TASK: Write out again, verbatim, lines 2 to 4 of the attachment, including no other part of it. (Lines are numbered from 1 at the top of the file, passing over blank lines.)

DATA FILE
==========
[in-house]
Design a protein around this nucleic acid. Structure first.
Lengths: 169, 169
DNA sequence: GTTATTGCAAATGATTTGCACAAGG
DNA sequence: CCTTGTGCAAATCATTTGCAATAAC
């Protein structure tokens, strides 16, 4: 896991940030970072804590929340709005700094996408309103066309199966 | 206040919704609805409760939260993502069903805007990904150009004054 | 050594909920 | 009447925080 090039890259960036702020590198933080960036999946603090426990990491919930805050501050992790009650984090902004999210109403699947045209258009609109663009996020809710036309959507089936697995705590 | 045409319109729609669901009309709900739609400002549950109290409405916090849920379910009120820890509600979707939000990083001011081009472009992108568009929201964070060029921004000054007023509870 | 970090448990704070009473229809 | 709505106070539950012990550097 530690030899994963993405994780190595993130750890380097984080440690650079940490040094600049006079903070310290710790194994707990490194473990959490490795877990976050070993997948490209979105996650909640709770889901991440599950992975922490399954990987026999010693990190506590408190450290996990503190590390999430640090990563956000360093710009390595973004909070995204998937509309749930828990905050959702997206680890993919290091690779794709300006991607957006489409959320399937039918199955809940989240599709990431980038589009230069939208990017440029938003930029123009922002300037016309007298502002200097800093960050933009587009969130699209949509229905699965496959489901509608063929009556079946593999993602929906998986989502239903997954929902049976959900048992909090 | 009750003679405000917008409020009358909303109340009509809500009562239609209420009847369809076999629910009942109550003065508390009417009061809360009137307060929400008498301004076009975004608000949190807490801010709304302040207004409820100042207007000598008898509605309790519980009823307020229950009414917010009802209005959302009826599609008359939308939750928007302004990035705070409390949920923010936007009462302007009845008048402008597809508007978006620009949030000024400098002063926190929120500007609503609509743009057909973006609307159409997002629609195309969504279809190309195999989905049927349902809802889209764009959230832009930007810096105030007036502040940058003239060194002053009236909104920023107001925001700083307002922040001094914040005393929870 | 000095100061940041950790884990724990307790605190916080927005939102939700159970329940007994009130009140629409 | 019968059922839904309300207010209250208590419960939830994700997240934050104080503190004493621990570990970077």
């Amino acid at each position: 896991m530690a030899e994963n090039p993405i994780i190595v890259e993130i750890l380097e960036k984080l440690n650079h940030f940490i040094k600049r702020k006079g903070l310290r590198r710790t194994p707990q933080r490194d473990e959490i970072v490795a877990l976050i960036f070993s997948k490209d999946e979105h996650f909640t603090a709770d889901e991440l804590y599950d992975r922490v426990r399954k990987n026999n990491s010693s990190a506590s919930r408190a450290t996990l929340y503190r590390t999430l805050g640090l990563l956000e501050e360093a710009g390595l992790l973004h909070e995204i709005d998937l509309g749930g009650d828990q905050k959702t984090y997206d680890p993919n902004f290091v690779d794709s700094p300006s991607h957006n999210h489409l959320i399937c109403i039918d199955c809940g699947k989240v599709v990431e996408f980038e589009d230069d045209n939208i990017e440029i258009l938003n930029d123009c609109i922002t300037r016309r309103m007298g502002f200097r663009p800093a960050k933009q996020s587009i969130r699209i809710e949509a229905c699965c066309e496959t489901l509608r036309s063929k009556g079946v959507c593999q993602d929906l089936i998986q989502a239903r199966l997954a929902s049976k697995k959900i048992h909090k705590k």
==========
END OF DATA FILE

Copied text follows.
Design a protein around this nucleic acid. Structure first.
Lengths: 169, 169
DNA sequence: GTTATTGCAAATGATTTGCACAAGG